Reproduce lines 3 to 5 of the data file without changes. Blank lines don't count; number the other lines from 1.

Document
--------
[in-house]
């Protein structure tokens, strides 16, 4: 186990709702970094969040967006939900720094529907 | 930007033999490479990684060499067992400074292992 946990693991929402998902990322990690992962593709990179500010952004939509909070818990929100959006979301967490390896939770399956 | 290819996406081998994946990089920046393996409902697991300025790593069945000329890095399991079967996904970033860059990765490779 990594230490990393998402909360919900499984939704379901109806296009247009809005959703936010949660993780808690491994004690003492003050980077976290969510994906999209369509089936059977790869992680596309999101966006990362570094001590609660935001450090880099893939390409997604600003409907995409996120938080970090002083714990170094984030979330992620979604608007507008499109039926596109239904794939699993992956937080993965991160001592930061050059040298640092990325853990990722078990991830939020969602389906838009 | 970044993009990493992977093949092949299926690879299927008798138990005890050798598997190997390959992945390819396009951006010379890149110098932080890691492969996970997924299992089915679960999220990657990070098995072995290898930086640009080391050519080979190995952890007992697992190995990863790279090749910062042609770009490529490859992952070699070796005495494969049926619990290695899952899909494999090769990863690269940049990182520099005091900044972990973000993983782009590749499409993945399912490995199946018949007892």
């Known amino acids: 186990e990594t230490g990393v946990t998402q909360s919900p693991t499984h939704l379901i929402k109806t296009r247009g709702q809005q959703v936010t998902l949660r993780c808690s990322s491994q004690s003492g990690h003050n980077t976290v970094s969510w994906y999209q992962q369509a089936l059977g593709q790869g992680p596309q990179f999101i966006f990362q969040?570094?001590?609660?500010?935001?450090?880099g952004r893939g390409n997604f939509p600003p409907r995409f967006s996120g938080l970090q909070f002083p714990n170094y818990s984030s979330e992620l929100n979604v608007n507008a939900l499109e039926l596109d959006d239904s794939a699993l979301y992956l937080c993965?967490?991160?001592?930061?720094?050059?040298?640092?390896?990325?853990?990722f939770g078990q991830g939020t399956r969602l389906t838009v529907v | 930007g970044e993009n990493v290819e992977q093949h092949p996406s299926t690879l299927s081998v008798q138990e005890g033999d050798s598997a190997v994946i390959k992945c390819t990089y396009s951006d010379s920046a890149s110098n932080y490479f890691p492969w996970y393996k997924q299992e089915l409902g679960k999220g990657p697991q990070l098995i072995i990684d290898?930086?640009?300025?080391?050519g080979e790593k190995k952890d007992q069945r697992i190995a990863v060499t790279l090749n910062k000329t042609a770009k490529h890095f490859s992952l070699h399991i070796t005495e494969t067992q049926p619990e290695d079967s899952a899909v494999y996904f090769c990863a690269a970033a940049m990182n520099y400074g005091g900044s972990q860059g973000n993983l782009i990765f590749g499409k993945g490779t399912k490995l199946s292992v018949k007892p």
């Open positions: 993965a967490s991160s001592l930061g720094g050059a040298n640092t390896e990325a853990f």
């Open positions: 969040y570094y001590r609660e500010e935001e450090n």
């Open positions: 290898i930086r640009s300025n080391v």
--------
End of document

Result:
């Known amino acids: 186990e990594t230490g990393v946990t998402q909360s919900p693991t499984h939704l379901i929402k109806t296009r247009g709702q809005q959703v936010t998902l949660r993780c808690s990322s491994q004690s003492g990690h003050n980077t976290v970094s969510w994906y999209q992962q369509a089936l059977g593709q790869g992680p596309q990179f999101i966006f990362q969040?570094?001590?609660?500010?935001?450090?880099g952004r893939g390409n997604f939509p600003p409907r995409f967006s996120g938080l970090q909070f002083p714990n170094y818990s984030s979330e992620l929100n979604v608007n507008a939900l499109e039926l596109d959006d239904s794939a699993l979301y992956l937080c993965?967490?991160?001592?930061?720094?050059?040298?640092?390896?990325?853990?990722f939770g078990q991830g939020t399956r969602l389906t838009v529907v | 930007g970044e993009n990493v290819e992977q093949h092949p996406s299926t690879l299927s081998v008798q138990e005890g033999d050798s598997a190997v994946i390959k992945c390819t990089y396009s951006d010379s920046a890149s110098n932080y490479f890691p492969w996970y393996k997924q299992e089915l409902g679960k999220g990657p697991q990070l098995i072995i990684d290898?930086?640009?300025?080391?050519g080979e790593k190995k952890d007992q069945r697992i190995a990863v060499t790279l090749n910062k000329t042609a770009k490529h890095f490859s992952l070699h399991i070796t005495e494969t067992q049926p619990e290695d079967s899952a899909v494999y996904f090769c990863a690269a970033a940049m990182n520099y400074g005091g900044s972990q860059g973000n993983l782009i990765f590749g499409k993945g490779t399912k490995l199946s292992v018949k007892p």
């Open positions: 993965a967490s991160s001592l930061g720094g050059a040298n640092t390896e990325a853990f």
């Open positions: 969040y570094y001590r609660e500010e935001e450090n």